Future Of Self Driving Cars
Well, something is bound to happen soon with self-driving cars. Not only has Google just hired Airbnb executive Shaun Stewart, Uber is getting more and more serious about introducing self-driving cars to their fleet. In the past week, self-driving Uber cars have been spotted around Pittsburgh.
Self-driving cars either sound great idea or a terrible one, depending on whether you’re currently wishing desperately that you could just pass out during your commute or if you’ve just watched your smart phone turn itself off in some sort of programming overload related tantrum. But, like it or not, something that’s been in the public consciousness this long is bound to turn up in the real world eventually.
But has it been in the public consciousness that long? Was Kit in Knight Rider self-driving? Were stories about haunted cars commonplace before Stephen King’s Christine?
A Long Imagination
As it turns out, autonomous vehicles have been experimented with since the Jazz Age, or the 1920s. In 1925, a driverless car was unleashed on the streets of New York during a traffic jam and acquitted itself rather well. The car was a 1926 Chandler, and was operated by remote control. Because of the technological limitations of the day, this remote was located in the car behind it, which did have passengers in it.
This demonstration was repeated, under various names (the original autonomous car was called the “linrrican Wonder”) and in various locations, including the 1939 World’s Fair. The World’s Fair predicted that self-driving cars would largely be guided by external electrical and magnetic systems.
These experiments were reopened, as it were, in the 1950s. Instead of relying on a remote operator, scientists and engineers began searching for way for the car itself to take control.
In 1953, RCA Labs built a miniature automobile that was ‘driven’ by a series of electronic cables beneath it. These results were so promising that by 1958, RCA Labs had collaborated with the State of Nebraska to recreate this experiment on a human-sized scale. After completing a 400 foot-long strip, which not only included wires buried under the track but also used lights to signal the cars as well, a series of successful experiments took place.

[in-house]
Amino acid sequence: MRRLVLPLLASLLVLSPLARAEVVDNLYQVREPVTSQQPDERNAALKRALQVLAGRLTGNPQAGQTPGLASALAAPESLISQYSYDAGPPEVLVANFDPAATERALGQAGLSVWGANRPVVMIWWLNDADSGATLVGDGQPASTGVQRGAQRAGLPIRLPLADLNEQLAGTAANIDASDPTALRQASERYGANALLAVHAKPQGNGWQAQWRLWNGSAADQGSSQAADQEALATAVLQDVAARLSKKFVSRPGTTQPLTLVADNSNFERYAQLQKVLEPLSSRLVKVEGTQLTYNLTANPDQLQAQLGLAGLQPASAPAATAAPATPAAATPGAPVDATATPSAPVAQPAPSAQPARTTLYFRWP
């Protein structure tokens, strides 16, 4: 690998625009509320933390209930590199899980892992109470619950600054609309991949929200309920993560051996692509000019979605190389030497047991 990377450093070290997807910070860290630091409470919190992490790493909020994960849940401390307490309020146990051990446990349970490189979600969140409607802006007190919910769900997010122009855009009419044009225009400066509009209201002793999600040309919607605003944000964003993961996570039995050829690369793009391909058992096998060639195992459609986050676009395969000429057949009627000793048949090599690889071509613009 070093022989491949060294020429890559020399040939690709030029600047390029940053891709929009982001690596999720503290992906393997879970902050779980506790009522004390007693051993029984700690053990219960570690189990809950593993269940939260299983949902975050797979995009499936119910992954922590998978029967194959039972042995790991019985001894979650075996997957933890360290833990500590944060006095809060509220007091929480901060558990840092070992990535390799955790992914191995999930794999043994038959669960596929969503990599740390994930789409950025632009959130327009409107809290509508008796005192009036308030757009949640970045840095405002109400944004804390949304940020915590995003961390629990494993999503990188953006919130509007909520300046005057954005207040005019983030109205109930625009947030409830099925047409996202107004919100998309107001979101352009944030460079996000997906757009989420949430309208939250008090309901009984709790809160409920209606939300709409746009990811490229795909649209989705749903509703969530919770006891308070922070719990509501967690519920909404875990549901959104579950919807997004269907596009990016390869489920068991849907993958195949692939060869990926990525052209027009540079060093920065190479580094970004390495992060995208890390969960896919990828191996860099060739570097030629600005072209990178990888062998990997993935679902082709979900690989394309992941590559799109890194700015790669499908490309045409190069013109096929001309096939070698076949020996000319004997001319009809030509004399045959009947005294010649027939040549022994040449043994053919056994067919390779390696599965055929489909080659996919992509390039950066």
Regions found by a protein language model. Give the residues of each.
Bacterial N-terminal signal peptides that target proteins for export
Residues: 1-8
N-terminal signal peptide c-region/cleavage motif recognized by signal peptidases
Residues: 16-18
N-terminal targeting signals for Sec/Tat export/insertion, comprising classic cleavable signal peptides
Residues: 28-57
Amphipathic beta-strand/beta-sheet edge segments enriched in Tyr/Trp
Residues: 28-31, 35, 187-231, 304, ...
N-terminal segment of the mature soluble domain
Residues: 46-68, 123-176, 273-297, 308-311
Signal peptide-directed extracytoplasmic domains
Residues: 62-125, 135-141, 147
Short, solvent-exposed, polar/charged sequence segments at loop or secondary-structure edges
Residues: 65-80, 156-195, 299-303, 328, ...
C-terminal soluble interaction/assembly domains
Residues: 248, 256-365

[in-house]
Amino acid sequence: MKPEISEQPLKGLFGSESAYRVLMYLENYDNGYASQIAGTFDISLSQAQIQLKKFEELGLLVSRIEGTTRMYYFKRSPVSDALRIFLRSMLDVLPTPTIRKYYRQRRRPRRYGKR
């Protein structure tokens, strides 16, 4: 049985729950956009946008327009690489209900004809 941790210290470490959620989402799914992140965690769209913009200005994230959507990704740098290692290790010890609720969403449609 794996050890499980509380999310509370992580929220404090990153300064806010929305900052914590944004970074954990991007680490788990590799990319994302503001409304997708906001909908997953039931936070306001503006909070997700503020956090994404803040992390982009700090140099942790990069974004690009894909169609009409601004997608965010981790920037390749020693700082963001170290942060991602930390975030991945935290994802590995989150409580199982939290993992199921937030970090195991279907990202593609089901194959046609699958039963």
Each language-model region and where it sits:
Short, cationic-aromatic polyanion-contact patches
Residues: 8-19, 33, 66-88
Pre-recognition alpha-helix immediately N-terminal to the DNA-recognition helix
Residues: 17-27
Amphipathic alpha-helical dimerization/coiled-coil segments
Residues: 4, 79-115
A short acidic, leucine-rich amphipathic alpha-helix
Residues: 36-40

The automatic controls were simulated in collaboration with General Motors, which produced much of the specialized equipment. The results were displayed to reporters in 1960s and reported by the New York Times. General Motors initially believed that self-driving cars would be on the market by 1975. Needless to say, they were not.
Throughout the 1960’s, various labs all over the world attempted to produce a cheap means of producing and supplying the equipment needed to produce the roads that allowed the autonomous vehicles to operate. By 1970, scientists had come to the conclusion that the driving system needed to be located in the car itself; over the course of the next two decades, scientists attempted to do just that.
While the initial research was conducted in the early 1970s at the University of Illinois’ Coordinated Science Laboratory, a 1980s team at Bundeswehr University Munich, lead by Ernst Dickmanns, produced a robotic van, which achieved speeds of almost 39 miles per hour on an empty street.